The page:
Junior Max. (Drivers aged 12-15)
Cape Town’s Sebastian Boyd has been the man to beat in Junor Max pretty much all season, and his strongest competition during the season was Jason Coetzee, another Cape-based driver. But at Zwartkops, Boyd’s big challenge came from young Charl Visser, having is first season in this category, having moved up from the Maxterino class . KZN’s Dominic Lincoln was also a strong contender for the title, as was young Jayden Els from Boksburg (who won the World Mini Max title at last year’s Grand Finals in Italy).
In the end, Boyd made no mistake for the title with two wins, a second and a fifth place at Zwartkops, with Charl Visser’s two wins and a second seeing him just pip Cotzee for second place in the championship.
Mini Max. (Drivers aged 10-13)
The Mini Max class has seen early 2017 domination by Alberton’s Leyton Fourie, who has really come good this year. But the competition has been getting closer with each championship round, and in the fourth and final round at Zwart kops the talking point was whether Leyton would be able to win the title front the front.
He duly did this in fine style ( he only needed a top eight finish to clinch the title) and he followed this up with another win and two seconds to drive home the point that his 2017 Mini Max championship was no fluke.
However, the driver that really came good in tis class in Round Four was young Jarrod Waberski, who also claimed two wins, a third and fourth place, to finish second overall for the day, ahead of Aqil Alibhai. Kai van Zyl from Cape Town, the only driver to challenge Leyton for the title, had to be content with two second places at Zwartkops as his best results, and second in the championship, ahead of Alibhai and Waberski.
Micro Max (Drivers aged 7-10)
Muhammed Wally from Gauteng was really the only driver in the entire day’s race meeting to show complete dominance in his class. He scored four straight wins at Zwartkops to win the 2017 Micro Max championship for drivers aged 7-10, while behind him there was frantic action between the likes of Cape Town’s Reese Koorzen , Valentino Hoffman, and Julius Shwager.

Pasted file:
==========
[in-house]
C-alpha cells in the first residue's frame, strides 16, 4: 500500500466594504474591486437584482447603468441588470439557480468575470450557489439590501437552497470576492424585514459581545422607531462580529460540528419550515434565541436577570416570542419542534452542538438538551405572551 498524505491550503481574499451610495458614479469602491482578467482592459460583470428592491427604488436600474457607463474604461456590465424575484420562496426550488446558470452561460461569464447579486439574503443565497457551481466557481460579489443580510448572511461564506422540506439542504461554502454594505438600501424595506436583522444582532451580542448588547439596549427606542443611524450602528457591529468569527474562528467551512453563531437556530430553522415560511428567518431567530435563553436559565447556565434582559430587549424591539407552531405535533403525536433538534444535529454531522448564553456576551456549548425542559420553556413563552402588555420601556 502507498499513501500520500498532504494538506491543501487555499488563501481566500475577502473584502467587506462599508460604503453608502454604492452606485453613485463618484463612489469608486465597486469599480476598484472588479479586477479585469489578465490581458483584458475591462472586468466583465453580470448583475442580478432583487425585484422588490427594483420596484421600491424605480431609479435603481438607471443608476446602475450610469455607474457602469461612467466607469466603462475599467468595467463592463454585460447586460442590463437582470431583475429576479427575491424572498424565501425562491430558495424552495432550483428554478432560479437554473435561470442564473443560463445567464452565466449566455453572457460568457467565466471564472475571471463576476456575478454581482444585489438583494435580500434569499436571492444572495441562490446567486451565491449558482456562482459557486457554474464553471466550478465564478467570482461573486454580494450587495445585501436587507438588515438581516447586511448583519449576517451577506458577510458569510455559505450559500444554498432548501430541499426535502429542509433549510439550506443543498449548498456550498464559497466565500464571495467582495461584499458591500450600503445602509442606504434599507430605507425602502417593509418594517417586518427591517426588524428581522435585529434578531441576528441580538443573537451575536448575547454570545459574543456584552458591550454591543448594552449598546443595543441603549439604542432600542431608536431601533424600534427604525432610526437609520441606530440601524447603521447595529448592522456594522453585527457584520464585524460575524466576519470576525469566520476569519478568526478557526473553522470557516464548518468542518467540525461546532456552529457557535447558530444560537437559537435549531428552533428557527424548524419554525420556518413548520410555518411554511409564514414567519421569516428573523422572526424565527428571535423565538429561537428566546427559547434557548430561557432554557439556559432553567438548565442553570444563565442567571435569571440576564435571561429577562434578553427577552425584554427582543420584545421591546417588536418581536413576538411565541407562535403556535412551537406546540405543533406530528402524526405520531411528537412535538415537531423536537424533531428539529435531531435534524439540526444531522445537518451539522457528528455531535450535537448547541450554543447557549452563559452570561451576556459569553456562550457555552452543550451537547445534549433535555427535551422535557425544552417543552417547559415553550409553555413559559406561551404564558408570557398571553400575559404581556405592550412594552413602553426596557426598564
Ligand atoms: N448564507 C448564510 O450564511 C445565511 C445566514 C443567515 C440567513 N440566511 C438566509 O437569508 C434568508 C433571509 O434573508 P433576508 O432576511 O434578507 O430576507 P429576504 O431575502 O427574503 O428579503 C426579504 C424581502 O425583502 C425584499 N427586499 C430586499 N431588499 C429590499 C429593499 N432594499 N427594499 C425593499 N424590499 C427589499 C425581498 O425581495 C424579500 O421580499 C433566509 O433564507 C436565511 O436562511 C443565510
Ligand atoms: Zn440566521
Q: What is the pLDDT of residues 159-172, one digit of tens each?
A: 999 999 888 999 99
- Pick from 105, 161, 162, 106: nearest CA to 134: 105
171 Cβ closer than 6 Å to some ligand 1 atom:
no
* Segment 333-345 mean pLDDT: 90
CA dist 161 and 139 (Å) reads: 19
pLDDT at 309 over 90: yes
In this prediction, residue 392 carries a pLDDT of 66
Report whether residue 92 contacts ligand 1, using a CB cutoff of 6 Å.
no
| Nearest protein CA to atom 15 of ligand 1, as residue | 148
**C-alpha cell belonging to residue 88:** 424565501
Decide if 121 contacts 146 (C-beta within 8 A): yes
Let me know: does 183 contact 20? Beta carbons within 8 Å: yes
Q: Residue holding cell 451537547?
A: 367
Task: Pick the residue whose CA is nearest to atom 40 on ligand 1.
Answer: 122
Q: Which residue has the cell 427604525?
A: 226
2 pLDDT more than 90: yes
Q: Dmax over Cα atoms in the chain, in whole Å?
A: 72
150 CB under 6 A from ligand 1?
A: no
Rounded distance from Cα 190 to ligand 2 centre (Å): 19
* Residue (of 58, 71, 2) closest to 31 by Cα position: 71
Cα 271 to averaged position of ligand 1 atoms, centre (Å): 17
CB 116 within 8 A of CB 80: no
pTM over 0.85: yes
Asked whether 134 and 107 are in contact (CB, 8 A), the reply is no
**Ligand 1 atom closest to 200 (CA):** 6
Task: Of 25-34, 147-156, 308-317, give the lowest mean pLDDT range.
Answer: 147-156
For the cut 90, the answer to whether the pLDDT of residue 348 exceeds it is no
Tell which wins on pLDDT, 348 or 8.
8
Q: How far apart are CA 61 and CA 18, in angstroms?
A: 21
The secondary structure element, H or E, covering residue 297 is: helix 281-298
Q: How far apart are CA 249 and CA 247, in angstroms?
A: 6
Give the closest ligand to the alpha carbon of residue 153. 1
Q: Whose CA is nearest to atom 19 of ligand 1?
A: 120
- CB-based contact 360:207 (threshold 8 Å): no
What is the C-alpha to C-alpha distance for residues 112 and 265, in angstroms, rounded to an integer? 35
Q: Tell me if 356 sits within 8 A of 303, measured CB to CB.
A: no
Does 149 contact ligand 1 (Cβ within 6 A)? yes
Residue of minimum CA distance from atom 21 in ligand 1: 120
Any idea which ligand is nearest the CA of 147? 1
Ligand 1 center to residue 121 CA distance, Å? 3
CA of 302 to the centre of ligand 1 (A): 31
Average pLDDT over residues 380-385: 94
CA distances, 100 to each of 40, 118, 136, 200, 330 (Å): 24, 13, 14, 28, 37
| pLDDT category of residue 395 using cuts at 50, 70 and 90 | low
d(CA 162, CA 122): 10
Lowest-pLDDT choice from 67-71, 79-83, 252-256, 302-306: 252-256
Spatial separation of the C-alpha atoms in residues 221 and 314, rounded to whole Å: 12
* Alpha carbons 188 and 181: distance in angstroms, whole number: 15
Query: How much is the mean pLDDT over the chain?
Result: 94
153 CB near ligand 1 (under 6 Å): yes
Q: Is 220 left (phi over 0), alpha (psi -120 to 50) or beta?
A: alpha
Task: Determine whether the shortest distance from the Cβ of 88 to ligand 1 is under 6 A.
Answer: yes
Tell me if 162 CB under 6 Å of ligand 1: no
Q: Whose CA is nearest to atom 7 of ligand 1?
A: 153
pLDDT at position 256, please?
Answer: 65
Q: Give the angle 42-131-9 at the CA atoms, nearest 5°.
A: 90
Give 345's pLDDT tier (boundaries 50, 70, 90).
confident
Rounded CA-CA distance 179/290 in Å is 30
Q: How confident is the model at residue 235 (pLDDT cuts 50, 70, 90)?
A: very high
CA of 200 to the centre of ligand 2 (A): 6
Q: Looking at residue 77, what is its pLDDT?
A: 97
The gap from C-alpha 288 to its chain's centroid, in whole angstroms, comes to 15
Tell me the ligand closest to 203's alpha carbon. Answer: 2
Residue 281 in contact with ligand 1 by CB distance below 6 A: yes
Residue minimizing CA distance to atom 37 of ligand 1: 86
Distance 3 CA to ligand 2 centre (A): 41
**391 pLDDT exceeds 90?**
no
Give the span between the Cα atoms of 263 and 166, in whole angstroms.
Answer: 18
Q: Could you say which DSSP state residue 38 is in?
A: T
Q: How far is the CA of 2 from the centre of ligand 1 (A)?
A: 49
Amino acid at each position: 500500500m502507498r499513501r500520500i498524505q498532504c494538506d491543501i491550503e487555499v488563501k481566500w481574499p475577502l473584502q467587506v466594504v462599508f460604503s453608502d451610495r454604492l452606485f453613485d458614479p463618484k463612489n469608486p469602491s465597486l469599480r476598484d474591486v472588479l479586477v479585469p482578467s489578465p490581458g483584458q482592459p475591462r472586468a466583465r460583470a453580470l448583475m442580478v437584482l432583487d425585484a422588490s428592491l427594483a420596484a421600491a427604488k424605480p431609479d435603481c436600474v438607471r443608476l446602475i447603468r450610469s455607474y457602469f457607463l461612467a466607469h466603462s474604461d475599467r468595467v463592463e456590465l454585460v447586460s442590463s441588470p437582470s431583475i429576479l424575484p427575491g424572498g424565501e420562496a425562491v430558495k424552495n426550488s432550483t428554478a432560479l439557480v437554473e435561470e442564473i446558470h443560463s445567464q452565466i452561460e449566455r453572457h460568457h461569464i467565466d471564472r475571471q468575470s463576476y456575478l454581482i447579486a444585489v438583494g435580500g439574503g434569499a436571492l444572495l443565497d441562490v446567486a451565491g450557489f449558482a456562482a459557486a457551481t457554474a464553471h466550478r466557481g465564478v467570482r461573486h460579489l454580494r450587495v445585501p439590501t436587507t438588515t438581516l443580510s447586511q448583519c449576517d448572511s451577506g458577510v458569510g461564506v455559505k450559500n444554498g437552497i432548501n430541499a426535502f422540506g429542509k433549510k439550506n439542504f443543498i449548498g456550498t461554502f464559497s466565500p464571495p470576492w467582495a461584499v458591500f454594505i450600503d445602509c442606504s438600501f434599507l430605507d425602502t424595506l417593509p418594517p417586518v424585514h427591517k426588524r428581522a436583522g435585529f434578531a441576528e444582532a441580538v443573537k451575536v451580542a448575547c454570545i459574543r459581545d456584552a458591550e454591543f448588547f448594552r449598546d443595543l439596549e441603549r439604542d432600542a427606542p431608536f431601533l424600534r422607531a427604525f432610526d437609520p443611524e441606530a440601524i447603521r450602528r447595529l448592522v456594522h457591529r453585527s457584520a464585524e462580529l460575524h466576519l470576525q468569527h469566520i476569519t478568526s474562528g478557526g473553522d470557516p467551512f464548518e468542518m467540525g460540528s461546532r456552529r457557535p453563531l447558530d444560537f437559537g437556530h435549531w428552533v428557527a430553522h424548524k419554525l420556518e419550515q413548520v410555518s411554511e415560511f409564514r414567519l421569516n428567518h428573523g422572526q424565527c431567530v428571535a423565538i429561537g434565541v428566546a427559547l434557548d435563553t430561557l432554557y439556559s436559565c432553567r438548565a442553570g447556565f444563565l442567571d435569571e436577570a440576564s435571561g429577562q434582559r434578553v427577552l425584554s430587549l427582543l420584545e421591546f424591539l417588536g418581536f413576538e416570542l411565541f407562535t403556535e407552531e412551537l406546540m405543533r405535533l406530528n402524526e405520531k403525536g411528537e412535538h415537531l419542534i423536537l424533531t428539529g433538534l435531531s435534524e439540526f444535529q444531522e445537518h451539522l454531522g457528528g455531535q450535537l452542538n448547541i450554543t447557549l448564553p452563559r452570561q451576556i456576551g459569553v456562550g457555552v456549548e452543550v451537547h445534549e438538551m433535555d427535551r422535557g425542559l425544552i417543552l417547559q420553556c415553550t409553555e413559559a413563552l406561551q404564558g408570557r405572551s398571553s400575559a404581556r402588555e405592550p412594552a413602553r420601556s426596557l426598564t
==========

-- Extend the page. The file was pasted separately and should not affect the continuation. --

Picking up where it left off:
These three finished in that order for the day, ahead of Gauteng’s Joshua De Paiva and Mandla Mlangeni. In the title chase, the fast-starting, smooth-driving Wally headed De Paiva, Hoffman, and another strong Cape driver, Reeza Levy, for championship honours. Incidentally, in this class, the organisers conducted a number of post-race engine strips and all were found to be 100 per cent legal.
This 60 cc class for drivers of pre-high-school age was as big a battle-ground as it usually is at Zwartkops on September 24. The championship winner of this category would be awarded a free air ticket to watch the Rotax Grand Finals in Portugal in November, and here the favourite was Cape Town’s Tate Bishop, although he was facing some strong Gauteng opposition.
No single driver managed to dominate the class, and the race wins were shared by Bishop, Joshua De Paiva, Jordan Brooks and Muhammed Wally. In the end, consistency saw De Paiva take the overall Round Four win, but the 2017 Maxterino South African Championship went to Tate Bishop!
*The winners of all six Rotax-engined classes win free entry to the 2017 Rotax Max Challenge Grand Finals in Portimao, Portugal, on November 4-11. This fantastic prize sees each of the championship-winning drivers in DD2, DD2 Masters, Senior Max, Junior Max, Mini Max and Micro Max being presented with a brand new kart, engine, tyres, fuel, tools and a kart trolley to compete against champion drivers from 60 other countries. South Africa has a proud record in this series, our drivers having won numerous World Titles at this event since its inception in the year 2000.
The winners at Zwartkops will also be joined in our South African team for the 2017 Grand Finals by various category winners in the recent 2017 African Open race meeting